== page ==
Most of computing’s carbon emissions are coming from manufacturing and infrastructure
The greenhouse gas protocol (GHG), a global standard for measuring and reporting greenhouse gas emissions, divides emissions into three areas. Scope 1 emissions are the direct emissions of a company, such as B. Fuel and chemicals (e.g. gas used by vehicles, refrigerants used to cool offices and data centers, and chemicals used to make semiconductors for semiconductor companies). Scope 2 emissions are indirect emissions from purchased energy and heat that drive semiconductor production, offices and the operation of data centers. Scope 3 takes into account all other indirect emissions, including those from the supply chain as well as those associated with business travel, commuting, logistics, purchased goods and services, and capital goods.
|Technology company||Scope of application 1||Scope of application 2||Scope 3|
|Chip manufacturer||Combustion of PFCs, chemicals, gases||Energy to drive manufacturing||Raw materials, use of hardware|
|Mobile provider||Natural gas, diesel||Energy for offices||Chip manufacture, use of hardware|
|Data center operator||Natural gas, diesel||Energy for data centers||Manufacture, construction of server hardware|
A comparison of Scope 1, 2 and 3 emissions for chip manufacturers, mobile network providers and data center operators according to the GHG protocol.
In accordance with the GHG Protocol, performing life cycle assessments is a way to study the total carbon emissions of a hardware system throughout its life cycle, including its production and manufacture, transportation, use and processing at the end of the life cycle of a data center construction. Life cycle assessments can provide a detailed understanding of the areas and components that contribute most to carbon emissions.
The shift towards investment issues
The researchers examined publicly available sustainability reports and life cycle analyzes from AMD, Apple, Facebook, Google, Huawei, Intel, Microsoft and TSMC. Their meta-analysis found that for many use cases across the edge and cloud computing spectrum, most of the carbon emissions came from hardware manufacturing (Capex) and not from the use of operating systems (Opex).
Personal devices such as smartphones, desktops and laptops are a major contributor to their carbon footprint through the way they are manufactured and used. While the emissions from devices that are always connected come mainly from Opex consumption, the emissions from battery-operated devices mainly come from production (Capex). This hardware manufacturing footprint increases as devices become more powerful (with more memory, bandwidth, and / or storage).
While organizations have optimized the hardware and software of their devices to maximize performance, they also need to focus on the increasing percentage of emissions that hardware manufacturing creates. The researchers estimate that, given the energy efficiency improvements through software and hardware innovations over the past decade, mobile devices would have to be used three years after their typical lifespan in order to amortize the carbon footprint caused by their manufacture.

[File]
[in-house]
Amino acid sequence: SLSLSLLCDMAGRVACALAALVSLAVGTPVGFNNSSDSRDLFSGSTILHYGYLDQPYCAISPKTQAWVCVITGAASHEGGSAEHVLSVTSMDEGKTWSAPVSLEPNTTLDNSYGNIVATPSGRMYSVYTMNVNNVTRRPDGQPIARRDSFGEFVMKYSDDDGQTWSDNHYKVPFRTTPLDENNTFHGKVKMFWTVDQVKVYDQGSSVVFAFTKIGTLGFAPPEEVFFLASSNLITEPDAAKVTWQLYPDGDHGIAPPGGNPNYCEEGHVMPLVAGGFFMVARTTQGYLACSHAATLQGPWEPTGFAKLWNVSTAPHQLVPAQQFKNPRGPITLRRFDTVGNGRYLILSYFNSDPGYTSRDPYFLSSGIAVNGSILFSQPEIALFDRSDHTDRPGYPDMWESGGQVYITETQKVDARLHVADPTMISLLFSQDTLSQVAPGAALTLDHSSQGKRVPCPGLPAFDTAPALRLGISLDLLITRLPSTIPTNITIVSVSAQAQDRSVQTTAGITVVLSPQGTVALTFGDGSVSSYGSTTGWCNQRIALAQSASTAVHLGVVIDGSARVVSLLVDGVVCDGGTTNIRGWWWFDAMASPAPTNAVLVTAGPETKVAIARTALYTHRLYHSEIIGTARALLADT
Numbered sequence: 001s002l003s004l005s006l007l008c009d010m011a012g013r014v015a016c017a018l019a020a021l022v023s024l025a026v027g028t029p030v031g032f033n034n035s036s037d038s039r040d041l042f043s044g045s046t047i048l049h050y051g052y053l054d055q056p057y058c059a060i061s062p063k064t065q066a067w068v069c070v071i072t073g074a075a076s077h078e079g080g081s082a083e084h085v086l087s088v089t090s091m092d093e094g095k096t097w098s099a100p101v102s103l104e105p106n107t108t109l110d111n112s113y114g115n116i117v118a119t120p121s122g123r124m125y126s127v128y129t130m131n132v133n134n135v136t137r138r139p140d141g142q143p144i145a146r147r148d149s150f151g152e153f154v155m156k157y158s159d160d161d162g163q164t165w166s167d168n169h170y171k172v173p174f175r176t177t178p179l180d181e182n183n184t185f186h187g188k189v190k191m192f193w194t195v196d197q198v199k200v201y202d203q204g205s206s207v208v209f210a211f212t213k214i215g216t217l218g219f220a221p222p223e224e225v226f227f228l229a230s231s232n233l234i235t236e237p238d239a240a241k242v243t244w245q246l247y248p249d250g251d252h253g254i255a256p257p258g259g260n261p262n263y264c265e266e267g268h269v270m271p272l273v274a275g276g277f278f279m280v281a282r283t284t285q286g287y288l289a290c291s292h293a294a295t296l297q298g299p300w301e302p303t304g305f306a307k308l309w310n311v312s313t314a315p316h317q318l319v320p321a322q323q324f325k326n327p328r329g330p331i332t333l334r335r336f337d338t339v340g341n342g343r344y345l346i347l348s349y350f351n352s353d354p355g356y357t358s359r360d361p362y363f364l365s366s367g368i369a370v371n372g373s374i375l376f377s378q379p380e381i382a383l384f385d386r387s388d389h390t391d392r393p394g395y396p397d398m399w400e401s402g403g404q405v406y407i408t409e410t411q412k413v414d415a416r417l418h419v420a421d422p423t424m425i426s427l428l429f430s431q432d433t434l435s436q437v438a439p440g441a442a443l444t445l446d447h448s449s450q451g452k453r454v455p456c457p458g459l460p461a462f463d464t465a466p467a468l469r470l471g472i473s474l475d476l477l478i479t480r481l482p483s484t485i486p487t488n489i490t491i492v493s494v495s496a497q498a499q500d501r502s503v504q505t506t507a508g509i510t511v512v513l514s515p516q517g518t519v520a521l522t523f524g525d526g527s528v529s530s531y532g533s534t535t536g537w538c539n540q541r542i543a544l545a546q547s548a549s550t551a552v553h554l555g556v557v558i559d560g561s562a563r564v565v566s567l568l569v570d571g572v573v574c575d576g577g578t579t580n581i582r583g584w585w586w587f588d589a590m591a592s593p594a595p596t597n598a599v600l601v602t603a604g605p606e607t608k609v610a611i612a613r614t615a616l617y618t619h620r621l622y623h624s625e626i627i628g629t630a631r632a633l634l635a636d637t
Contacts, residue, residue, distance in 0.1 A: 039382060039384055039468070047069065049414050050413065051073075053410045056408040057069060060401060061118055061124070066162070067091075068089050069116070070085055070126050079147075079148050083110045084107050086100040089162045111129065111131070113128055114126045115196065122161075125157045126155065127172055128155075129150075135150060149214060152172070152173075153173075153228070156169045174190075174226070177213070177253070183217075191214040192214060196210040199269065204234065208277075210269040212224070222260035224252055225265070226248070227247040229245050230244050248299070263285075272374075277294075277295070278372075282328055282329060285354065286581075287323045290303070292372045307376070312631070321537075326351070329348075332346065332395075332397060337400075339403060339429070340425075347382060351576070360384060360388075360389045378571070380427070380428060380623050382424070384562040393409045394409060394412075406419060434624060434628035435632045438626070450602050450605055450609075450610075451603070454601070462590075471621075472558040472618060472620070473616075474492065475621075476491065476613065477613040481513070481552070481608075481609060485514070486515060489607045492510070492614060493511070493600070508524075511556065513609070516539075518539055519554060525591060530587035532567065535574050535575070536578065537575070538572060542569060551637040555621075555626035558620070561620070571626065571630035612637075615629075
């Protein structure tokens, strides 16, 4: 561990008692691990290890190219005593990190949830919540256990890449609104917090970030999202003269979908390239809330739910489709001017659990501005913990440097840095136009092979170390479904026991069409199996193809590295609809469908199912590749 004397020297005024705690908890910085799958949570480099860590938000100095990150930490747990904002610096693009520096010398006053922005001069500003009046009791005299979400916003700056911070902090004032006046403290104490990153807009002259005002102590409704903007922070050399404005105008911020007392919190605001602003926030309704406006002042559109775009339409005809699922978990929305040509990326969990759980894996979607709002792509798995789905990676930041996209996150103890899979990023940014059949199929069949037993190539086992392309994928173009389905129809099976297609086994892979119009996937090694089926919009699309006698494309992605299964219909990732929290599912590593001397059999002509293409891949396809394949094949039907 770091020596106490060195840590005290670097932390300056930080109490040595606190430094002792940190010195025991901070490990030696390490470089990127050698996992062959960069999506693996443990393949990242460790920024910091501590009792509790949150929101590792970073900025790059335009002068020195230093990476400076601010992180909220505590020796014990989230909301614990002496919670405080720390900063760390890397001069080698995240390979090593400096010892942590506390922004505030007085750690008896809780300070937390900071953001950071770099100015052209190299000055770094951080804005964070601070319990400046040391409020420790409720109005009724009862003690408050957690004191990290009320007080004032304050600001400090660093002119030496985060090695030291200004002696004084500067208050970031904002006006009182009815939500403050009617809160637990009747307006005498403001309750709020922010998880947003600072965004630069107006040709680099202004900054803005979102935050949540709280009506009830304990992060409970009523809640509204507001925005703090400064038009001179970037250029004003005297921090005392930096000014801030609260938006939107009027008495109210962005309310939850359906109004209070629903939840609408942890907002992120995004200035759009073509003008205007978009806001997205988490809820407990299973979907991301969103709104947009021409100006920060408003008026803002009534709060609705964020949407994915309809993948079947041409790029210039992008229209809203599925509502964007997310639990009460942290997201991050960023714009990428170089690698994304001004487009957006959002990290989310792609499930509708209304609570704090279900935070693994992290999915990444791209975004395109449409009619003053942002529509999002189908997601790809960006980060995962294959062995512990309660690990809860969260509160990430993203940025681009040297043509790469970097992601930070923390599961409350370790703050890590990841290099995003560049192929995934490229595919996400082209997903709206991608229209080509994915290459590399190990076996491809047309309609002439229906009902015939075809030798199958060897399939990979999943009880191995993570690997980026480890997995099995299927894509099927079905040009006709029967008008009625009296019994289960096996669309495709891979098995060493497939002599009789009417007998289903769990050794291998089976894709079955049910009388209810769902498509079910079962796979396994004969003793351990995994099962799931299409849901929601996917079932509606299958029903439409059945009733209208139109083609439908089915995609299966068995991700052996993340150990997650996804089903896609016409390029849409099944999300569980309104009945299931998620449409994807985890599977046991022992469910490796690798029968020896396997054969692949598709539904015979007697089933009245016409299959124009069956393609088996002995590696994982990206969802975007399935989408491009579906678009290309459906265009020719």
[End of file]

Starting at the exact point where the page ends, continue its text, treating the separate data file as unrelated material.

Data centers have followed a similar trend. The positive effects of renewables have shifted the focus on their carbon footprint almost entirely to the need to reduce investment emissions. The construction of the data center itself and the manufacture of the hardware it contains are responsible for the majority of the data center’s carbon footprint.
Renewable energies also have a significant impact on the hardware manufacturing sector, where semiconductor factories, for example, have switched to renewable energies. The meta-analysis shows, however, that hardware manufacturing will account for a large part of the carbon footprint of the hardware lifecycle, even under optimistic forecasts.
We need optimization at all levels
So what can be done at the end of the investment? Researchers at Facebook, Harvard, and ASU suggest that more work is needed to make hardware more efficient, flexible, and scalable, from development to manufacturing to software – across the entire stack of the computer system.
When looking at the manufacture of semiconductors and other hardware, the researchers recommend that hardware must be designed from the beginning with the reduction of investment emissions in mind. In addition to operational computing power, data center buildings and hardware supply chains must be designed taking into account both high performance and low CO2 emissions. Using Construction and infrastructure materials with lower carbon impact, principles of repairability and recyclability of buildings in design processes, Extension of the lifespan of hardwareEnsuring responsible end-of-life management is critical.
In software, optimizations to algorithms and applications that data centers run, and improvements to runtime systems such as schedulers, load balancing services, and operating systems can improve both the opex and Capex carbon footprints. The researchers also point to recent work developing new programming languages that allow programmers to write more energy-efficient code.